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Impact of parental presence during induction of anesthesia on anxiety level among pediatric patients and their parents: a randomized clinical trial

Authors Sadeghi A, Khaleghnejad Tabari A, Mahdavi A, Salarian S, Razavi SS

Received 7 August 2016

Accepted for publication 8 November 2016

Published 20 February 2017 Volume 2016:12 Pages 3237—3241

DOI https://doi.org/10.2147/NDT.S119208

Checked for plagiarism Yes

Review by Single-blind

Peer reviewers approved by Dr Colin Mak

Peer reviewer comments 3

Editor who approved publication: Dr Roger Pinder


Afsaneh Sadeghi, Ahmad Khaleghnejad Tabari, Alireza Mahdavi, Sara Salarian, Seyed Sajjad Razavi

Department of Anesthesiology, Pediatric Surgery Research Center, Shahid Beheshti University of Medical Sciences, Tehran, Iran

Introduction: Anesthesia induction is a stressful event for children and their parents, and may have potentially harmful consequences on the patient’s physiological and mental situation. Stressful anesthesia induction has psychological adverse effects that recur with repeated anesthesia, can lead to increased pediatric discomfort during the recovery period, and may even induce reactionary postoperative behavior. A randomized controlled trial was performed to assess the impact of parental presence during induction of anesthesia (PPIA) on preoperative anxiety of pediatric patients and their parents at three different times, cooperation of child with anesthesiologist at induction of anesthesia, and parental satisfaction.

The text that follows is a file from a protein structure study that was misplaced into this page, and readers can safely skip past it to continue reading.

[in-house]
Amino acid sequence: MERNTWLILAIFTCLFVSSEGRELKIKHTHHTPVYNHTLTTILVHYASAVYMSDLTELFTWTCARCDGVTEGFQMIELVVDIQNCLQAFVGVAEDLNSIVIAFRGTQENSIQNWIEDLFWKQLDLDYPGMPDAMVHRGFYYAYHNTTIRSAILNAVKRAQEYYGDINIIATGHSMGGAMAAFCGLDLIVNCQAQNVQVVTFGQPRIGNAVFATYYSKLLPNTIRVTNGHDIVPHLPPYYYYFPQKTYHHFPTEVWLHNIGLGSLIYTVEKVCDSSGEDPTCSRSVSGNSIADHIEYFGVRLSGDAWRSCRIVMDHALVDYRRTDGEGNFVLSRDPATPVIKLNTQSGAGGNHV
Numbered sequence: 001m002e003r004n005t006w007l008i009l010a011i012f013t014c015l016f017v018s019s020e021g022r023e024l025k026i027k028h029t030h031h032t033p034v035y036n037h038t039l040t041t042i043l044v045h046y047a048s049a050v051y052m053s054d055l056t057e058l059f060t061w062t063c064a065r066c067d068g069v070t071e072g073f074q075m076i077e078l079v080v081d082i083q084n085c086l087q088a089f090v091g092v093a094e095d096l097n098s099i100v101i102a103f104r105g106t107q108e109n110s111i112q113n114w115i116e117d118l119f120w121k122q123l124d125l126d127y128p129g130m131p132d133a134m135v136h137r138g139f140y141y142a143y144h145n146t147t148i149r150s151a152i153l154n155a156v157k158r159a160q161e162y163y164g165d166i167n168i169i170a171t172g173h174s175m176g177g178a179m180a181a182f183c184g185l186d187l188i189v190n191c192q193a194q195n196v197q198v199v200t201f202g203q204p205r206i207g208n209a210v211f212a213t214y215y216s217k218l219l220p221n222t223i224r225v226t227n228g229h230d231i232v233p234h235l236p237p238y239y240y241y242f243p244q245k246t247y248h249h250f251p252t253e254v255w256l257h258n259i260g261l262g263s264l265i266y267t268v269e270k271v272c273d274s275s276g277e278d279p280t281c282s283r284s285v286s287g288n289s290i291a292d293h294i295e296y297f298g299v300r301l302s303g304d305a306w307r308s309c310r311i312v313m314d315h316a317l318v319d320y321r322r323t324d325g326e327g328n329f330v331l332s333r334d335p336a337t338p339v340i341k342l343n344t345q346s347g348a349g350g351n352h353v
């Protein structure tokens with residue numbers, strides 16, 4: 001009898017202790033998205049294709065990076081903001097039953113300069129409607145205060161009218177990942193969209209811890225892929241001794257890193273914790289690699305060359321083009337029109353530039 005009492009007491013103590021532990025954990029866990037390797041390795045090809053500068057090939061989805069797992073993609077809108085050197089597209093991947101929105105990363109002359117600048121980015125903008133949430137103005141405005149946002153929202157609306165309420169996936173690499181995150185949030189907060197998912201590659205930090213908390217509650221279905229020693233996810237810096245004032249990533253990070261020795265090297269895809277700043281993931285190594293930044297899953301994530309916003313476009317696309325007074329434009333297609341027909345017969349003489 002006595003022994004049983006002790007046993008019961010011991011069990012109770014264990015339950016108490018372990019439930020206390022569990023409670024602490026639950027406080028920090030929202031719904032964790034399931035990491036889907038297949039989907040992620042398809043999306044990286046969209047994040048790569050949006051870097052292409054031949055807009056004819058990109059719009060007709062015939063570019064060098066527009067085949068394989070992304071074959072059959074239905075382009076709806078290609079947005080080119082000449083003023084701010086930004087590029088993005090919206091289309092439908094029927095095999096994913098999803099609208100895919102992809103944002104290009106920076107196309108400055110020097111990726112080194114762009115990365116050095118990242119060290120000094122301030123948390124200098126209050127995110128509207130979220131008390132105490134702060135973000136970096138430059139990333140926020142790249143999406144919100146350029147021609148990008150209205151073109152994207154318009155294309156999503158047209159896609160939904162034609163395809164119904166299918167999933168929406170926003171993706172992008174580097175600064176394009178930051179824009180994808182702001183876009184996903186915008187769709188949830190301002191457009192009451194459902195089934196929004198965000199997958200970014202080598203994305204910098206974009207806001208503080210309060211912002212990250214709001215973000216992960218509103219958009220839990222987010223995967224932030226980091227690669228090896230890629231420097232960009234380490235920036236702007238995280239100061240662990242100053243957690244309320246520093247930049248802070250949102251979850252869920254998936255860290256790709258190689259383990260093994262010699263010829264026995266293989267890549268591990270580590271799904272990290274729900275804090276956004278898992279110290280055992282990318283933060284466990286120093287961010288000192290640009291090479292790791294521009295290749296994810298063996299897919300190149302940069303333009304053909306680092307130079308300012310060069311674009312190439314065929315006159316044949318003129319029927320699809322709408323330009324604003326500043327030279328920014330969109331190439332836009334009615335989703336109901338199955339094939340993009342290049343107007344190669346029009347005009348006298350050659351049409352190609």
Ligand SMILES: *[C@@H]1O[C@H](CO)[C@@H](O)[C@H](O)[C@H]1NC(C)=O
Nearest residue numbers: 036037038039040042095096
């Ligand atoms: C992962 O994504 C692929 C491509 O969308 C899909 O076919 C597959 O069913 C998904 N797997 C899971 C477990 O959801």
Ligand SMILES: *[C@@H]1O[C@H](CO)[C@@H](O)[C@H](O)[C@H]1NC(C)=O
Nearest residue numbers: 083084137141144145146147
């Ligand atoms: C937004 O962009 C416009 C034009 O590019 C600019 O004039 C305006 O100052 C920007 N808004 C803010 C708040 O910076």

Patients and methods: A total of 96 pediatric patients undergoing elective minor surgery (ASA 1–2) were randomly divided into two groups. Both groups received oral midazolam (0.5 mg/kg) at least 20 minutes before surgery, but in the PPIA group, the parents were also present in the operating room until loss of consciousness of child at anesthesia induction. Anxiety in the patients (as measured by the modified Yale Preoperative Anxiety Scale [mYPAS]) and parents (as measured by the State and Trait Anxiety Inventory [STAI]), the Induction Compliance Checklist (ICC), and parental satisfaction (as measured by visual analog scale) were assessed.
Results: There was no significant difference in the mean anxiety scores (mYPAS) of participants in the control and PPIA groups at ward T0 and upon arrival to operating room T1 (P>0.05). However, between the PPIA and control groups, mean mYPAS score was different at the time of induction of anesthesia T2 (35.5±16.6 vs 59.8±22.4; P<0.001). The ICC scores showed that perfect score was significantly deferent in the PPIA and control groups (66.6% vs 6.3%; P<0.01). The STAI scores of the parents in the two groups did not differ in T0, T1, and T2. The mean parental satisfaction score was higher in the PPIA group than in the control group (7.6±7.0 vs 5.8±6.1; P<0.01).
Conclusion: PPIA may reduce preoperative state anxiety of pediatric patients and improve quality of anesthesia induction based on ICC scores and higher parental satisfaction, but it does not impact on parental state anxiety.

Keywords: anxiety, anesthesia induction, parents, children

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